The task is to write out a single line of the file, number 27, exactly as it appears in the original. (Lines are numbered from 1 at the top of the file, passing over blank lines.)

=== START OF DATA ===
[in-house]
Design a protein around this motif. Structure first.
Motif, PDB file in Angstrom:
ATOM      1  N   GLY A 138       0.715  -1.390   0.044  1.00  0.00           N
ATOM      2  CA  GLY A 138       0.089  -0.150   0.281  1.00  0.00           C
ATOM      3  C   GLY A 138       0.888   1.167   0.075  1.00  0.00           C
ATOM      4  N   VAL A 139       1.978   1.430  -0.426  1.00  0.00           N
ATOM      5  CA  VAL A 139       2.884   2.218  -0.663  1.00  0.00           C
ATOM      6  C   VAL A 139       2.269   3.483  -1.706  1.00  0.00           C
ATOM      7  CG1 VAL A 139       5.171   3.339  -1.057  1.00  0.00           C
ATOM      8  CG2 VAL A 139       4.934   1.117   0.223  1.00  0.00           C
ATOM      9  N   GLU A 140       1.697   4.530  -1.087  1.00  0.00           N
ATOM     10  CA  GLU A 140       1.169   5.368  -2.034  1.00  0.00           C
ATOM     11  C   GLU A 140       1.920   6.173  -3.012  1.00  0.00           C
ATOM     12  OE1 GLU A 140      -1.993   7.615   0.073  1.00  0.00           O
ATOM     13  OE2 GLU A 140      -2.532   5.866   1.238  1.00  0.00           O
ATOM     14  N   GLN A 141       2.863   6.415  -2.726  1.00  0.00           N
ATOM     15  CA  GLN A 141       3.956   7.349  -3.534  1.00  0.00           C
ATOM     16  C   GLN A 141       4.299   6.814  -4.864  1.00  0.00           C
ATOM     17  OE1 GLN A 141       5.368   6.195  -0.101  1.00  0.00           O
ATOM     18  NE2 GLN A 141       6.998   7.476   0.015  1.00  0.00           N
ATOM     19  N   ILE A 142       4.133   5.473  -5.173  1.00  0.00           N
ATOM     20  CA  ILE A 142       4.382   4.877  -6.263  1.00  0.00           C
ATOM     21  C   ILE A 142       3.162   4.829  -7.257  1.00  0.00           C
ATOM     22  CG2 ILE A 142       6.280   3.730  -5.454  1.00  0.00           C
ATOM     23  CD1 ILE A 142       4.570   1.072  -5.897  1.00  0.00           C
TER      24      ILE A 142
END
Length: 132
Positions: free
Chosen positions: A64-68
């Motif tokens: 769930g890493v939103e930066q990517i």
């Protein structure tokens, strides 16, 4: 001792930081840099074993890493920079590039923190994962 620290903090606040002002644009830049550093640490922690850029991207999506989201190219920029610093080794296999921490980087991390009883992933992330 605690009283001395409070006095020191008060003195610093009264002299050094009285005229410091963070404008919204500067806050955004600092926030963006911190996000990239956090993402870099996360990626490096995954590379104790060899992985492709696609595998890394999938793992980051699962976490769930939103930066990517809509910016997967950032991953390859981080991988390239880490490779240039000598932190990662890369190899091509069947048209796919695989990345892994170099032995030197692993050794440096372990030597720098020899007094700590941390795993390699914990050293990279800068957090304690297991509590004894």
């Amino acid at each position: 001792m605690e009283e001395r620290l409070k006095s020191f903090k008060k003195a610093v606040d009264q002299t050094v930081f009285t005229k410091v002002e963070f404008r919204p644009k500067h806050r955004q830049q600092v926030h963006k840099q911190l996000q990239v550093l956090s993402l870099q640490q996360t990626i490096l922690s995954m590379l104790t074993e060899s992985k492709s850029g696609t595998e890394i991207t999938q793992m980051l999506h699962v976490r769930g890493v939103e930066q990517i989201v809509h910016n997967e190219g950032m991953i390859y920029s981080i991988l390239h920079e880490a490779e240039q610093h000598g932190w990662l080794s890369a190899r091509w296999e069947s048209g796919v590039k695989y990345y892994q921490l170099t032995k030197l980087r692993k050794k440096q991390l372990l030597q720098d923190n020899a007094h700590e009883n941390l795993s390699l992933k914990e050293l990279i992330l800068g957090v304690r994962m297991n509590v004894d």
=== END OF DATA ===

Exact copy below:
TER      24      ILE A 142